Case Study: Saving lives one videoconference at a time
Linking a rural hospital with a major metro institution is making a difference to stroke treatment in the bush.
The Challenge: Provide access to city-based neurologists for people living in the bush who have had a stroke.
The Approach: Using video conferencing, metro-based neurologists are able to review the symptoms of rural stroke patients and recommend treatment.
The Outcomes: A twenty percent improvement in the number of patients able to return home with a relatively high degree of functionality.
The Lessons Learned: Accessing expert medical help during the four-hour “golden period” significantly improves the outcomes for stroke patients living in the bush.
The Upside for:
Clinicians: Rural doctors are able to access expert advice when it comes to treating stroke patients who present at their facility.
Patients: Patients are able to access the treatment of specialists whose expertise would otherwise be denied to them because of their distance from a major metropolitan facility.
The Organisation: Linking Royal Melbourne and Wangaratta demonstrates technology can make a significant impact, at minimal cost, on the outcomes of a significant illness. The technology used is simple, off the shelf technology.
The Rural Victorian Telestroke Project’s story
The stark reality for country patients is that if they present to a rural hospital with the symptoms of a stroke there’s almost no hope of getting up to the minute treatment.
It was with this in mind that Dr Bernard Yan, together with Les Bolitho, the current president of the Royal Australian College of Physicians, came up with the idea of trialing a video conferencing system designed to give rural stroke patients access to specialist services at a distance.
“We started trialing this service in October 2009, linking together Royal Melbourne Hospital and North East Health Wangaratta,” Dr Yan told eHealthspace.org. “There are two things a patient with acute stroke needs: access to CT or MRI, and access to a neurologist.”
There are around 420 neurologists in Australia, ninety percent of whom live and work in metropolitan areas. Every year 60,000 Australians will experience stroke, a significant number of them in rural and regional areas.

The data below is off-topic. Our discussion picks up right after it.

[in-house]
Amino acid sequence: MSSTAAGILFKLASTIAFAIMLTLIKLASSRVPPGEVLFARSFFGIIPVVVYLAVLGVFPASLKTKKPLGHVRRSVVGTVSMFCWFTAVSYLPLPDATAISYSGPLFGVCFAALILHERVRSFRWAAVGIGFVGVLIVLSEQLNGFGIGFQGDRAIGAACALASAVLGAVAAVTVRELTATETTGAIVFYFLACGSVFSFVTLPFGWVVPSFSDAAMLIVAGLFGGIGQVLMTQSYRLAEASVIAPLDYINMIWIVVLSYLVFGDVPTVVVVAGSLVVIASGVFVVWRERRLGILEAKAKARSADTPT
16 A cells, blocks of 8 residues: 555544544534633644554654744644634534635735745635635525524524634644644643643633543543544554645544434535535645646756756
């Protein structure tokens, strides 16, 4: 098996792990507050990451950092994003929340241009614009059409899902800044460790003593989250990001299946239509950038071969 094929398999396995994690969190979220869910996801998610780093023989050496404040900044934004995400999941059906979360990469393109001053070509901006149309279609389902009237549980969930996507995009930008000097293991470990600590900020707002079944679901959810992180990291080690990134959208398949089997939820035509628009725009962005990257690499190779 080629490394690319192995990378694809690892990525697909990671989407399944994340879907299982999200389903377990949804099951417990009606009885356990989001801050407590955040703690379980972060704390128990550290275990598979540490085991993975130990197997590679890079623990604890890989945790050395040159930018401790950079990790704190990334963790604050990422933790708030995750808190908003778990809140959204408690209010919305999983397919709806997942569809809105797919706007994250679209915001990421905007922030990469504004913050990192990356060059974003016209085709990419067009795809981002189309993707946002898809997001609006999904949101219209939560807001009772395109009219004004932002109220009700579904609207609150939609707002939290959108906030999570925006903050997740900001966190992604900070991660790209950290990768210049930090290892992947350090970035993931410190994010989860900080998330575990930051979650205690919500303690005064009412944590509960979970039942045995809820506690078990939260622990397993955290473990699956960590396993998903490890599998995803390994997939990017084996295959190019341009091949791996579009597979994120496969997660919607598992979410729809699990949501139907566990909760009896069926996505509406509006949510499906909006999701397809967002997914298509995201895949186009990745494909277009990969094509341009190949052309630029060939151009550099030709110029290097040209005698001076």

According to Dr Yan there’s a four-hour golden window for treating stroke. Beyond that time there’s little point in treating the patient. “It’s a numbers game,” noted Dr Yan. “Every minute you can’t open up the blocked artery in the brain, the patient loses 1.9 million neurons.” Beyond the four-hour period the patient will either be significantly incapacitated, or will die.
The Rural Victorian Telestroke Project links together Royal Melbourne with Wangaratta using a computer, microphone and webcam. Royal Melbourne has a roster of neurologists on call 24 hours a day, and once a patient presents at Wangaratta with stroke symptoms, the duty doctor can interview them and review the imagery using a laptop or tablet computer. The doctor doesn’t even need to be present at Royal Melbourne to conduct the interview.
The neurologist is then able to recommend treatment for the patient. Generally speaking, the most effective treatment at a rural hospital is the use of an IV medication that dissolves the clot. “It’s a bit like putting draino down a drain to remove a blockage,” Dr Yan explained.
The trial has treated 140 patients, with an improvement of twenty percent in the number of patients who can go back to having a relatively normal life. “It would be nice to get a higher number, but the reality is, as I noted before, it’s a numbers game,” he said. “A third will die, a third will be incapacitated and end up in a support environment, and the remainder will go home with some deficits.”
Stroke isn’t pretty. Patients who have suffered a stroke tend to present at hospital paralysed down one side, or unable to talk. However, the trial has demonstrated that simple technologies can improve the outcomes for patients in rural areas.
Yet Dr Yan remains frustrated, and not just by the fact that treating stroke is a numbers game.
“We would like to expand it to other rural hospitals,” he said. “There’s no reason not to, but we don’t have the funding. The current government telehealth initiative doesn’t cover what we do. In my opinion, the current telehealth initiative is next to useless.”
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